As shown in FIG. 3, the several coils 30 are stacked vertically on top of each other to form the inner stator 16, and similarly to form the outer stator 18. There may be about one hundred coils 30 stacked in each of the stators 16, 18 during the assembly process for an exemplary pump 10. The core 12 illustrated in FIG. 2, but not illustrated in FIG. 3 for clarity, is disposed radially inwardly of the inner stator 16 and severely limits the room available for assembling the many connectors 38 to their respective terminals 32, 34. However, the connector 38 including the first and second slots 46, 50 improves the assembly process as well as the resulting first and second joints 48, 52. As shown in FIGS. 3 and 5, the connector legs 66, 68 are preferably disposed parallel to the connector longitudinal axis 40, as well as the stator longitudinal axis 14, so that the first and second slots 46 and 50 extend vertically upwardly and downwardly, respectively. In this way, as the respective coils 30 are stacked one on top of another during the assembly process, each of the connectors 38 may be positioned with its second end 44 hooked over a respective input terminal 32, of the second coil 30b for example, and brazed as further described hereinbelow. Additional coils 30 as desired are then stacked in turn over the second coil 30b with their respective terminals 32, 34 (not shown in FIG. 3) also being suitably joined and brazed to respective connectors 38 in a similar fashion. When the first coil 30a is stacked upon the preceding coil 30 as shown in FIG. 3, its output terminal 34 may then be positioned into the first slot 46 of the connector first end 42 which provides self-fixturing thereof.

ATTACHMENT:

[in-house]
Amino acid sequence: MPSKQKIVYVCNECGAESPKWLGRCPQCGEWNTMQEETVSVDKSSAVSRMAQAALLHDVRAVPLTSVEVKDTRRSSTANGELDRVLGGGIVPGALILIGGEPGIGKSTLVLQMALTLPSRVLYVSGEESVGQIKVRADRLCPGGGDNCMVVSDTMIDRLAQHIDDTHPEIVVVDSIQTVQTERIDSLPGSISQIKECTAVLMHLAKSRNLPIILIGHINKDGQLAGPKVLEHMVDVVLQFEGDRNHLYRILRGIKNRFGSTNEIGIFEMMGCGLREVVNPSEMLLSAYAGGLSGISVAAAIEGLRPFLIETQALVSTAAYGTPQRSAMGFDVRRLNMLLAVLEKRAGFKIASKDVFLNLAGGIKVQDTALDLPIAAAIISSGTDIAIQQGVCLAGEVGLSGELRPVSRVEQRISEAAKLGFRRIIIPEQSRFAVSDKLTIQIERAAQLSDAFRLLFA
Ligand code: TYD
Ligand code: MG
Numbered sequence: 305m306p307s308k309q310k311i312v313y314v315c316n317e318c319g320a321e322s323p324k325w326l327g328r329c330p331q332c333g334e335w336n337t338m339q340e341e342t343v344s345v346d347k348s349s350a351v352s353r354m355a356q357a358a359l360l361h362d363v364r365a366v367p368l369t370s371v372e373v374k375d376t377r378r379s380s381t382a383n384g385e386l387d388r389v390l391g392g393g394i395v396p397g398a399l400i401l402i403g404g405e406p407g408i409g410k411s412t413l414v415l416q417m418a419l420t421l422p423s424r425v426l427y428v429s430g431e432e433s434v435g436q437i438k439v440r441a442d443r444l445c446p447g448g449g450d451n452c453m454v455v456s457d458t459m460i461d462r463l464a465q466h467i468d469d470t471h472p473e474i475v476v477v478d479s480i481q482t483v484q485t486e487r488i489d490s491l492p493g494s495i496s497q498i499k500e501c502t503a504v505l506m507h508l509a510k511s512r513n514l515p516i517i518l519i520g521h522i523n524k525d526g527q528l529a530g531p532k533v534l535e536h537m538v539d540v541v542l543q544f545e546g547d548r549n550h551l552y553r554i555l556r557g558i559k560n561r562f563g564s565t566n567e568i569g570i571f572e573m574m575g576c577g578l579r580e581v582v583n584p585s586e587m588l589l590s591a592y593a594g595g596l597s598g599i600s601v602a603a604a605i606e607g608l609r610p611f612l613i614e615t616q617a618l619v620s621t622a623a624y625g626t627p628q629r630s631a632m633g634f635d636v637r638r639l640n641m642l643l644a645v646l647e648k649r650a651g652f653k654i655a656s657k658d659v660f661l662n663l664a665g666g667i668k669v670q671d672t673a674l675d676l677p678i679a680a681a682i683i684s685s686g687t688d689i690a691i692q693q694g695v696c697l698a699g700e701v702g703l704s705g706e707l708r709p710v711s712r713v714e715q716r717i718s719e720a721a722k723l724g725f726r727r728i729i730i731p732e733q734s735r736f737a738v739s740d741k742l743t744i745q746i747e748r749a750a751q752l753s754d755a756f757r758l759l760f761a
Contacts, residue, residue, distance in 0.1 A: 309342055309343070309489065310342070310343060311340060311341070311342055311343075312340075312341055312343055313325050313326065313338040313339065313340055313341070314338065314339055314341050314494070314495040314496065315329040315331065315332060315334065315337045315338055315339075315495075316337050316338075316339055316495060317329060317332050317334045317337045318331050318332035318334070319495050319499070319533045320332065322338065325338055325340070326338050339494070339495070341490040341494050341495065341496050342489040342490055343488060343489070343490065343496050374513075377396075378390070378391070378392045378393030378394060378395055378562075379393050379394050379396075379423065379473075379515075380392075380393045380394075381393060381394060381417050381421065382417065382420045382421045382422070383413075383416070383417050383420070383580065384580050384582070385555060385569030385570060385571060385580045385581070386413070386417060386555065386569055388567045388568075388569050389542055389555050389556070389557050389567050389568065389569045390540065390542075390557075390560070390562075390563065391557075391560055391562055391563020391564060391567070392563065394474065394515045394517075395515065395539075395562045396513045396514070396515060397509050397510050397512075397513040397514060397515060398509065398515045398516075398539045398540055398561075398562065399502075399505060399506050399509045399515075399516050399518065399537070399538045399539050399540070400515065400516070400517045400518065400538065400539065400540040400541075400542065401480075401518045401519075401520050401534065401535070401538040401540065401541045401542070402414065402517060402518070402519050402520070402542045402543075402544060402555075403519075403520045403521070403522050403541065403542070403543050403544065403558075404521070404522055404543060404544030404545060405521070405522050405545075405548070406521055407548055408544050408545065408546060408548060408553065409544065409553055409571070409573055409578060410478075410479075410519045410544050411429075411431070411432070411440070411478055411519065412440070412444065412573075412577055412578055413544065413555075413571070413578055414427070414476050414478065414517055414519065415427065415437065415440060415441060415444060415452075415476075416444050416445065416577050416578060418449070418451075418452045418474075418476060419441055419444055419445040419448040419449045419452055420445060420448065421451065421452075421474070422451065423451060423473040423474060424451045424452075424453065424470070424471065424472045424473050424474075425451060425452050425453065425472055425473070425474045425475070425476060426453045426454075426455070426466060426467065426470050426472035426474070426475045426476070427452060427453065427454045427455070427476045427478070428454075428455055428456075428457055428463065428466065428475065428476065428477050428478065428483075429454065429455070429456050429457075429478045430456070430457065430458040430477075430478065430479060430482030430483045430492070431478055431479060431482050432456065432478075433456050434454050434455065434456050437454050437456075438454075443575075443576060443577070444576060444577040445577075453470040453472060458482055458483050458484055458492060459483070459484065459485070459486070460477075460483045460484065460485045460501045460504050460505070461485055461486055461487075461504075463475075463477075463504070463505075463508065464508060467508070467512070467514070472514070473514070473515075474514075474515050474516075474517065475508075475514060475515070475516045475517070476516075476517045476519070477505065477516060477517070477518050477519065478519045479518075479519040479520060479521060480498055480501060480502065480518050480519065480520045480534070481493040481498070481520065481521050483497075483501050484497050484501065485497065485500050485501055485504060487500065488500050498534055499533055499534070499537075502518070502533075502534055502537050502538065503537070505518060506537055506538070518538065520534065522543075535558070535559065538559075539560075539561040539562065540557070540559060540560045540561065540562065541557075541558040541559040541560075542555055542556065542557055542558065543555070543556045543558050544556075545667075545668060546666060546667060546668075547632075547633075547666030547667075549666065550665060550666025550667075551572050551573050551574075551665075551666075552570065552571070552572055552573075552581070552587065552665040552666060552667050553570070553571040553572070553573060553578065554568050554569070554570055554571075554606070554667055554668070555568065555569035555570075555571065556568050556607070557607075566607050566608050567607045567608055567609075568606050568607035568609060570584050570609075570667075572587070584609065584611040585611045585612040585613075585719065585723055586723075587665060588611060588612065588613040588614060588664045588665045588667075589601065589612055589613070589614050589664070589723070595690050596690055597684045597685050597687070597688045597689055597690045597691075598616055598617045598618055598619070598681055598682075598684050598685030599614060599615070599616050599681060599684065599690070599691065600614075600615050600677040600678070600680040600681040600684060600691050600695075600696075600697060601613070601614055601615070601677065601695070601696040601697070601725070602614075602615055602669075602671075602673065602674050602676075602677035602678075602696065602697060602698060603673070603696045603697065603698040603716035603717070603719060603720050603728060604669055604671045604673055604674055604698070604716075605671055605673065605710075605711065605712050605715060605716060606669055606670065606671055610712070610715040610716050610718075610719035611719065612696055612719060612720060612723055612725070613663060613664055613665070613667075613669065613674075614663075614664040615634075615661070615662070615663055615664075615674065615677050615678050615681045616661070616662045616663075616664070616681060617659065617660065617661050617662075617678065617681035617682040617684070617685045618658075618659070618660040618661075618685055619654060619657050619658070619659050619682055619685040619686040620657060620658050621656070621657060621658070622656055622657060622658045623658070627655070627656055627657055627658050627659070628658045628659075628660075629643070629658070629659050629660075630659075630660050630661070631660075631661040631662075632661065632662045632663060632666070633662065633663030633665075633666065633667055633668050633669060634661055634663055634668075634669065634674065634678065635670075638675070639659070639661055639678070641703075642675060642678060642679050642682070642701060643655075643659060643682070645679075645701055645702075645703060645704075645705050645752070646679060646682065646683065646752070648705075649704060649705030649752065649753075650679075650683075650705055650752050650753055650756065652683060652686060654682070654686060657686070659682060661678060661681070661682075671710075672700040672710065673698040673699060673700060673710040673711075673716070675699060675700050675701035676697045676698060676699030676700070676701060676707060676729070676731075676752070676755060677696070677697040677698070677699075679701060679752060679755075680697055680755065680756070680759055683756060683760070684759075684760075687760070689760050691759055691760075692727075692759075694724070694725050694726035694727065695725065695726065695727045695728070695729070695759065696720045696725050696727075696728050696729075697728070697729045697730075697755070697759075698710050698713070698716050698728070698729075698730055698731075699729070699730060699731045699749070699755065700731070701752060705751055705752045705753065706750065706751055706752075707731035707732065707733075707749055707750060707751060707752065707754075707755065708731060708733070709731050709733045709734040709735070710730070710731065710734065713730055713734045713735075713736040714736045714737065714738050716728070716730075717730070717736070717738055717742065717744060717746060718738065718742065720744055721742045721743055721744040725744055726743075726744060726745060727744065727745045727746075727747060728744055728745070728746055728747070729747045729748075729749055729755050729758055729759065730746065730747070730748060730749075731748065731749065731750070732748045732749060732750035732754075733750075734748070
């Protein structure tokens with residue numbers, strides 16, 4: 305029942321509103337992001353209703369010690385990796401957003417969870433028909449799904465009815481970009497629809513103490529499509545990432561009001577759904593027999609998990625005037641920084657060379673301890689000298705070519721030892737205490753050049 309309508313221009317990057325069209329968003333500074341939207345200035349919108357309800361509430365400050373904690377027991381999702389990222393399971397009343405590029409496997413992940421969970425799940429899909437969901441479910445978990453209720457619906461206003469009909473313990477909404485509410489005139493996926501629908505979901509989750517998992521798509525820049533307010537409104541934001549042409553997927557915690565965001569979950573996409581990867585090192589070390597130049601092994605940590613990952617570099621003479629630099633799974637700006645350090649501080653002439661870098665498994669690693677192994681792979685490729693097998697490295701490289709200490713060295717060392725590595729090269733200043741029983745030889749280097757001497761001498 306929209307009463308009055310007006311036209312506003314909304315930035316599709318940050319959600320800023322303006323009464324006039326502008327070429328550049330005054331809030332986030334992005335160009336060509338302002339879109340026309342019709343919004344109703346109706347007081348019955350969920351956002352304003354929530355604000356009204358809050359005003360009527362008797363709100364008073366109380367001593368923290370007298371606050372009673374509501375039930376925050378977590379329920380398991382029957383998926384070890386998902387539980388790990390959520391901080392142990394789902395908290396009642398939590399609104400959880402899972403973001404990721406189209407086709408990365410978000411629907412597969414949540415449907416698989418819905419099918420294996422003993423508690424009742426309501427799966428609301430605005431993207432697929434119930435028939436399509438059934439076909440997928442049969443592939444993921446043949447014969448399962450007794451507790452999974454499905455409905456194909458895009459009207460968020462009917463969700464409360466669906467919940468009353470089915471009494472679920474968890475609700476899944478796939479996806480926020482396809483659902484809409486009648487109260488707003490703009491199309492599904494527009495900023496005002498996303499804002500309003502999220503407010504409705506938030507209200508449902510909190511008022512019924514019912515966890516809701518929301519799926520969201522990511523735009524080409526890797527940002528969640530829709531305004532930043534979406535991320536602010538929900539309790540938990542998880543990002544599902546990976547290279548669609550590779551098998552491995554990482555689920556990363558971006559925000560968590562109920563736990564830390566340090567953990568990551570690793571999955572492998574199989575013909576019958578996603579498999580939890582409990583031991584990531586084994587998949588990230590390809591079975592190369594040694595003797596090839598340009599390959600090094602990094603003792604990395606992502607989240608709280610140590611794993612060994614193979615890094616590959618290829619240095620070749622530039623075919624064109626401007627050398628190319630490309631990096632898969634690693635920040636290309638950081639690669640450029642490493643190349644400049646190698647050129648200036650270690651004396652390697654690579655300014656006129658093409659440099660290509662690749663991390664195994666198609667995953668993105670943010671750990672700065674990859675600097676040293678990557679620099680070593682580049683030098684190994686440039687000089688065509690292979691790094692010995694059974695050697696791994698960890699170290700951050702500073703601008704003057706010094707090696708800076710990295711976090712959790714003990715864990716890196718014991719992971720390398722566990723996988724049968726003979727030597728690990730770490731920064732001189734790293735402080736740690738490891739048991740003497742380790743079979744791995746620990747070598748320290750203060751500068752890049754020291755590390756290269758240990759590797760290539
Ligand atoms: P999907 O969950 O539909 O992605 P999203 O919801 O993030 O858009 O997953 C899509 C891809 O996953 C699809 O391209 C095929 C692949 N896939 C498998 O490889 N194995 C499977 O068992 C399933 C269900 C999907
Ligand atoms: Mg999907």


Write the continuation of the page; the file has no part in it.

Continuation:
As shown in more particularity in FIG. 4, the connector first end 42 and the output terminal 34 are conventionally heated by a torch 72, and a conventional brazing rod 74 is used to melt the braze filler 54 therefrom at the juncture between the output terminal 34 and the connector first end 42. Conventionally known capillary action causes the braze filler 54 to flow along the entire three joining surfaces between the terminal 34 and the connector 38 for forming a mechanically strong joint having a relatively large surface area for providing a commensurate electric current path between the connector 38 and the terminal 34 once the filler cools. The braze filler 54 bonds together the slot base 70 with the terminal bottom 58 as one side (see FIG. 5 for reference numerals); the connector first leg 66 with the terminal first side 62 as a second side; and the connector second leg 68 with the terminal second side 64 as a third side in each of the respective first and second joints 48, 52. The terminal top 60 remains unbonded for creating a three-sided joint.
Referring again to FIG. 5, each of the terminals 32, 34 has a height Ht extending between the opposite bottom and top surfaces 58, 60 thereof; and a thickness Tt extending between the opposite first and second sides 62, 64 thereof; and the terminal height Ht is preferably greater than the terminal thickness Tt for creating a vertically extending rectangular transverse configuration.